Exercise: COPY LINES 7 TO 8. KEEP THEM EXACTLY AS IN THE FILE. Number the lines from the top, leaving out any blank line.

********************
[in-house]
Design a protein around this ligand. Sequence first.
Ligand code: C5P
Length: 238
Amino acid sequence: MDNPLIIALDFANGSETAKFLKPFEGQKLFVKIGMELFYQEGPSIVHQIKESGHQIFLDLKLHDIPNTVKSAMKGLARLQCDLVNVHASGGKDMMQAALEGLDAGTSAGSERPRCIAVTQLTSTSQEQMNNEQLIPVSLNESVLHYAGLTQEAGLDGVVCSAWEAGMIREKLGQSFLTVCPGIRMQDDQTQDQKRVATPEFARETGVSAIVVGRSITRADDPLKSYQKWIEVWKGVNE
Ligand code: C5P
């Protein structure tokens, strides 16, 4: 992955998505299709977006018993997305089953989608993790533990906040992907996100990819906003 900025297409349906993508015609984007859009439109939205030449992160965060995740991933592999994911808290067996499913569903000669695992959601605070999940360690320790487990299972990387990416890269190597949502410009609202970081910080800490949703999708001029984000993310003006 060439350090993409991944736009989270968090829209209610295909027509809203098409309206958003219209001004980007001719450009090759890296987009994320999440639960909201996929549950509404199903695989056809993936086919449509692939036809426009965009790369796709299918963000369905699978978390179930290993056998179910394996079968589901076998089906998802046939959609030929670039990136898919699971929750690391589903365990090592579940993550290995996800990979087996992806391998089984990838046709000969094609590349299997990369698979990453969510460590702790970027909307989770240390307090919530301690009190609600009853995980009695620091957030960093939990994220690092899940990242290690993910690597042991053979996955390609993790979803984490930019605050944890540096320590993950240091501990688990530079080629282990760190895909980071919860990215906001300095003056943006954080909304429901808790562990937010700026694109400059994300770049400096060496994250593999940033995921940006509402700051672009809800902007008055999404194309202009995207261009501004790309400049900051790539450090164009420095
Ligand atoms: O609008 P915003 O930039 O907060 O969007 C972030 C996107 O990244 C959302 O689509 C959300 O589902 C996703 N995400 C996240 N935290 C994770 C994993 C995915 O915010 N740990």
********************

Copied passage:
């Protein structure tokens, strides 16, 4: 992955998505299709977006018993997305089953989608993790533990906040992907996100990819906003 900025297409349906993508015609984007859009439109939205030449992160965060995740991933592999994911808290067996499913569903000669695992959601605070999940360690320790487990299972990387990416890269190597949502410009609202970081910080800490949703999708001029984000993310003006 060439350090993409991944736009989270968090829209209610295909027509809203098409309206958003219209001004980007001719450009090759890296987009994320999440639960909201996929549950509404199903695989056809993936086919449509692939036809426009965009790369796709299918963000369905699978978390179930290993056998179910394996079968589901076998089906998802046939959609030929670039990136898919699971929750690391589903365990090592579940993550290995996800990979087996992806391998089984990838046709000969094609590349299997990369698979990453969510460590702790970027909307989770240390307090919530301690009190609600009853995980009695620091957030960093939990994220690092899940990242290690993910690597042991053979996955390609993790979803984490930019605050944890540096320590993950240091501990688990530079080629282990760190895909980071919860990215906001300095003056943006954080909304429901808790562990937010700026694109400059994300770049400096060496994250593999940033995921940006509402700051672009809800902007008055999404194309202009995207261009501004790309400049900051790539450090164009420095
Ligand atoms: O609008 P915003 O930039 O907060 O969007 C972030 C996107 O990244 C959302 O689509 C959300 O589902 C996703 N995400 C996240 N935290 C994770 C994993 C995915 O915010 N740990």